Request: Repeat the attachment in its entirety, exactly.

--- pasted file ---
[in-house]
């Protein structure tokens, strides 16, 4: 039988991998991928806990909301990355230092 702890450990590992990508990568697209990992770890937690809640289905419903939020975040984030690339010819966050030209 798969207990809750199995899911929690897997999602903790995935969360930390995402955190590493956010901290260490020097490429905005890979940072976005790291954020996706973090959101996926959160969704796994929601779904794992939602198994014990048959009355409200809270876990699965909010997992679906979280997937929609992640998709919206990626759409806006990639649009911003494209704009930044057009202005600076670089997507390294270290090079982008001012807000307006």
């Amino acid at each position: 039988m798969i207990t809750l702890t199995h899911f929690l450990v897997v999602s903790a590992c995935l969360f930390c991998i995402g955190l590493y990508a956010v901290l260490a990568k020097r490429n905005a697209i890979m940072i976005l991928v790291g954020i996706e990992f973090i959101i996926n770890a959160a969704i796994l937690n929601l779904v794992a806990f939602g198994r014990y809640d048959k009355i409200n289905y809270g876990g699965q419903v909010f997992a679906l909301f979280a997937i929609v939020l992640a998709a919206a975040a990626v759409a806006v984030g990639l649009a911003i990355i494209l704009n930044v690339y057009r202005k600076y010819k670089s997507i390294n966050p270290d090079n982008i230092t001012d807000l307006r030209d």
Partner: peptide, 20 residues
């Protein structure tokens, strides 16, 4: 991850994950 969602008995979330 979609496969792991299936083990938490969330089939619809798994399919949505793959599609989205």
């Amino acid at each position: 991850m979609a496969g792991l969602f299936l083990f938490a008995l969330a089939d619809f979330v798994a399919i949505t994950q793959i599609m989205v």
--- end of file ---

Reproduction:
[in-house]
């Protein structure tokens, strides 16, 4: 039988991998991928806990909301990355230092 702890450990590992990508990568697209990992770890937690809640289905419903939020975040984030690339010819966050030209 798969207990809750199995899911929690897997999602903790995935969360930390995402955190590493956010901290260490020097490429905005890979940072976005790291954020996706973090959101996926959160969704796994929601779904794992939602198994014990048959009355409200809270876990699965909010997992679906979280997937929609992640998709919206990626759409806006990639649009911003494209704009930044057009202005600076670089997507390294270290090079982008001012807000307006």
């Amino acid at each position: 039988m798969i207990t809750l702890t199995h899911f929690l450990v897997v999602s903790a590992c995935l969360f930390c991998i995402g955190l590493y990508a956010v901290l260490a990568k020097r490429n905005a697209i890979m940072i976005l991928v790291g954020i996706e990992f973090i959101i996926n770890a959160a969704i796994l937690n929601l779904v794992a806990f939602g198994r014990y809640d048959k009355i409200n289905y809270g876990g699965q419903v909010f997992a679906l909301f979280a997937i929609v939020l992640a998709a919206a975040a990626v759409a806006v984030g990639l649009a911003i990355i494209l704009n930044v690339y057009r202005k600076y010819k670089s997507i390294n966050p270290d090079n982008i230092t001012d807000l307006r030209d």
Partner: peptide, 20 residues
């Protein structure tokens, strides 16, 4: 991850994950 969602008995979330 979609496969792991299936083990938490969330089939619809798994399919949505793959599609989205």
């Amino acid at each position: 991850m979609a496969g792991l969602f299936l083990f938490a008995l969330a089939d619809f979330v798994a399919i949505t994950q793959i599609m989205v």